A species of worm that has a taste for polystyrene could hold the key to large-scale plastic recycling, according to researchers at the University of Queensland. The common “superworm” known as Zophobas morio has been found to possess a bacterial enzyme in its gut that allows it to consume polystyrene.
Dr. Chris Rinke and his team from UQ’s School of Chemistry and Molecular Biosciences conducted a three-week experiment where they fed the superworms different diets: some were given polystyrene, others bran, and some were fasted. Surprisingly, the superworms fed only polystyrene not only survived but even gained weight, suggesting that they were able to derive energy from the styrofoam with the help of their gut microbes.
Using a technique called metagenomics, the researchers discovered several enzymes encoded in the worms’ genes that can degrade polystyrene and styrene. Their ultimate goal is to develop these enzymes to break down plastic waste in recycling facilities using mechanical processes followed by enzymatic degradation. The resulting degradation products could then be utilized by other microbes to produce valuable compounds such as bioplastics. This bio-upcycling approach aims to encourage plastic waste recycling and reduce landfill.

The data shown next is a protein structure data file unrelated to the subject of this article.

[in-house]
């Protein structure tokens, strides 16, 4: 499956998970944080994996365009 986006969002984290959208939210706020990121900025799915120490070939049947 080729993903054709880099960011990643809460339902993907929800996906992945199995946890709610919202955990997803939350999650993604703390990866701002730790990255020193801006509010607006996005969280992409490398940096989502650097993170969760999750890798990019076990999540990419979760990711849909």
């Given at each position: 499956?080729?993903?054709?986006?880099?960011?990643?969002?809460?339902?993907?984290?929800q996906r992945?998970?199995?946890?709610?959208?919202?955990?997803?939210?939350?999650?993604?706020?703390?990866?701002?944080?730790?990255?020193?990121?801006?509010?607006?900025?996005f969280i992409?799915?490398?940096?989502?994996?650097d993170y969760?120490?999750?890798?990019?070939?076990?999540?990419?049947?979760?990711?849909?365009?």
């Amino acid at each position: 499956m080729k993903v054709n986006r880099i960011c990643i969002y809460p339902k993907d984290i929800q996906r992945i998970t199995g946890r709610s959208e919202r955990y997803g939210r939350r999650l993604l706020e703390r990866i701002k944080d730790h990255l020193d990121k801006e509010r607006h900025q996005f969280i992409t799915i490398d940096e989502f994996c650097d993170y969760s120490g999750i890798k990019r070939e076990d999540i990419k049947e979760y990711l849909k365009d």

To further investigate the potential of these gut bacteria in degrading polystyrene, the researchers plan to cultivate more bacteria in the lab. This will allow them to explore how this process can be scaled up and applied in recycling plants.
The team is optimistic about the prospects of biodegrading plastic waste and is committed to advancing the science to make this vision a reality.